This trick allows quick identification of the age of replacements.
In small and medium-sized farms the replacement females are often housed together with the fattening pigs, or even held all together as a single group
We know that gilt age at first mating is a very important trait for a good performance; however, it is difficult to know it at first sight. Although the pigs have a correlative number in their tags, they are usually all the same colour and, in order to recognize an individual pig, the tag number must be read. Sometimes they don’t even have a tag: breeding pigs are recognized simply because they have a whole tail or because (against animal welfare indications) theyhave an identification notch in their ear.
A simple, economical and practical trick is to identify the replacement gilts with tags of different colours according to the batch they belong to, that is, piglets of the same batch (regardless of them being a one, three or more weeks) will be tagged with the same colour, for example green. The next batch will be red, and the following one will be blue, yellow, etc. A sequence of consecutive, easily distinguishable colours must be chosen (for example: green after blue is less suitable than green after yellow). The longer the interval between batches, the fewer colours will be needed. It is still easier if you make a table with the computer (see table) with its own numbering system.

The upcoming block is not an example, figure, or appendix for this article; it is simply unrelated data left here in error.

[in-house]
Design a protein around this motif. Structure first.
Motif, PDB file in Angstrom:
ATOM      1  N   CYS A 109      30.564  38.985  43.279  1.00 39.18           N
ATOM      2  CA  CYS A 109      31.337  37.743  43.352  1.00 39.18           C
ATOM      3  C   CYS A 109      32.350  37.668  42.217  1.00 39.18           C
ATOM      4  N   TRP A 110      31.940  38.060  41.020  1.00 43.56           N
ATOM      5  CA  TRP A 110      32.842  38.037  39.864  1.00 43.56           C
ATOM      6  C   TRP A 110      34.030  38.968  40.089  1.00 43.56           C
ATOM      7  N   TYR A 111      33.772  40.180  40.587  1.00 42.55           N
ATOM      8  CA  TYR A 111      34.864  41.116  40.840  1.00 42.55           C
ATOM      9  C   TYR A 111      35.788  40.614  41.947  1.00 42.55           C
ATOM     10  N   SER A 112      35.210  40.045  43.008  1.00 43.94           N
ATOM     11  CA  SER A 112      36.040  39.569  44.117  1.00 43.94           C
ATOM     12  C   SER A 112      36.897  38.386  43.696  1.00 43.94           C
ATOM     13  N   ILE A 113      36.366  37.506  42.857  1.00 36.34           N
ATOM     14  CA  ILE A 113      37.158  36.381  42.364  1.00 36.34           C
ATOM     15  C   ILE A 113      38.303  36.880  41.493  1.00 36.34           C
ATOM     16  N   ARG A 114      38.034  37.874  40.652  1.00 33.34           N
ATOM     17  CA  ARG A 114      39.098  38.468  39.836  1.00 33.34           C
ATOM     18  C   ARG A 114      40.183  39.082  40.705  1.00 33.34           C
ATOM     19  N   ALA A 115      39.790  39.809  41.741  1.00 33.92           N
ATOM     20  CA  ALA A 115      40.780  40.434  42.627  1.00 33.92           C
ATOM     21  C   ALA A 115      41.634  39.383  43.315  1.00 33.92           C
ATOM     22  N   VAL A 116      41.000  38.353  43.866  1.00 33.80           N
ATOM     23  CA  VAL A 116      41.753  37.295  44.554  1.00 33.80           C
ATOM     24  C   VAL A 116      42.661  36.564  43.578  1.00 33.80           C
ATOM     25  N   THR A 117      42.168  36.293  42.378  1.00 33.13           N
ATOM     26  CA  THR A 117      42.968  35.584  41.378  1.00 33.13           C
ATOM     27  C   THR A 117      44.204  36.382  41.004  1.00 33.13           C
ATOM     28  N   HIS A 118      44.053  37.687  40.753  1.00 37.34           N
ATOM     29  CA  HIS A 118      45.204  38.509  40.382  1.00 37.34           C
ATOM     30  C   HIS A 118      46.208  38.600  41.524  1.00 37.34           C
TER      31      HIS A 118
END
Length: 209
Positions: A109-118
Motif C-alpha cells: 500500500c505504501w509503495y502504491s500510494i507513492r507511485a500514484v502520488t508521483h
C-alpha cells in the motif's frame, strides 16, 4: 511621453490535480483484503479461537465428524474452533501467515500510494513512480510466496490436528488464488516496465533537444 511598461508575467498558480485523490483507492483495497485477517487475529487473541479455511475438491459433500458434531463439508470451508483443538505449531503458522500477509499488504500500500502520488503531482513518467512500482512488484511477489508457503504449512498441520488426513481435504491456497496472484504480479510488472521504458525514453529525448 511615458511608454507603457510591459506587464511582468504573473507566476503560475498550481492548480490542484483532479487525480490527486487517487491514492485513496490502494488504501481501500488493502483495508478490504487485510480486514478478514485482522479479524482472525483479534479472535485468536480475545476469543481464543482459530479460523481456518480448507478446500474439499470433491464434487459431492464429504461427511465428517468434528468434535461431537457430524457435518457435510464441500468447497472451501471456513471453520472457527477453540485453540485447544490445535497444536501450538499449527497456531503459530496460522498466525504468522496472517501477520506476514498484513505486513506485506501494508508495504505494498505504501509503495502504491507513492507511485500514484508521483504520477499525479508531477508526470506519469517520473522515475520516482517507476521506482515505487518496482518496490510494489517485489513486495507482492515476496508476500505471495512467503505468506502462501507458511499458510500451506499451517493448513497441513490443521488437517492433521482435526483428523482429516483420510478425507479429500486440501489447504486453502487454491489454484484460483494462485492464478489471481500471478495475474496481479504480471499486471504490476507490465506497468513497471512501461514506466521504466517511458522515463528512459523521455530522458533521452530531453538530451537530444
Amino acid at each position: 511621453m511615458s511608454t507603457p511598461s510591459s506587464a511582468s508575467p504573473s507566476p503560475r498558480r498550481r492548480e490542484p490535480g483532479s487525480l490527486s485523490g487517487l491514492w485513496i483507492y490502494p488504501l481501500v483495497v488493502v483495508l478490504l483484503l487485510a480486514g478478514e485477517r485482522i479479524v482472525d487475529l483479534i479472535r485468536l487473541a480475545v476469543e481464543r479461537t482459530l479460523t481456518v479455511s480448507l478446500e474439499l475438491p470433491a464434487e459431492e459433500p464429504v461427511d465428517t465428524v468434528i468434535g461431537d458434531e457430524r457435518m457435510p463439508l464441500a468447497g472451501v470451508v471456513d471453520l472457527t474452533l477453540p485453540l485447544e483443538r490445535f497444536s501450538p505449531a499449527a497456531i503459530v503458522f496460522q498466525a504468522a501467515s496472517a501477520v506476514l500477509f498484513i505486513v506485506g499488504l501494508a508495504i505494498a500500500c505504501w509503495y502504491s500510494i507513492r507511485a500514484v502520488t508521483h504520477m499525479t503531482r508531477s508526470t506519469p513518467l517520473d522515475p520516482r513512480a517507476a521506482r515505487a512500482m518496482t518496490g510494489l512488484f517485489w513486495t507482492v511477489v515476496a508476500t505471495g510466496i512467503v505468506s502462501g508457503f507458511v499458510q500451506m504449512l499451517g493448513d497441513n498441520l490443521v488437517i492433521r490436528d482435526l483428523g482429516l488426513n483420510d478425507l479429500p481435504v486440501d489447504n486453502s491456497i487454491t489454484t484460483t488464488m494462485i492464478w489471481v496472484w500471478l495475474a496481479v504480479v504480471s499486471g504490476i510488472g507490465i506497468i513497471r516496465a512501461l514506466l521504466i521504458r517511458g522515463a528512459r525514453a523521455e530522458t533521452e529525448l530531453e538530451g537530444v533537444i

|Batch 1||1 to 20|
|Batch 2||21 to 40|
|Batch 3||41 to 60|
|Batch 4||61 to 80|
|Batch 5||81 to100|
|Batch 6||100 to 120|
|Batch 7||120 to 140|
When the gilts are in one group, it is very easy to differentiate the females that have to enter acclimatization from those that will make up the next mating group.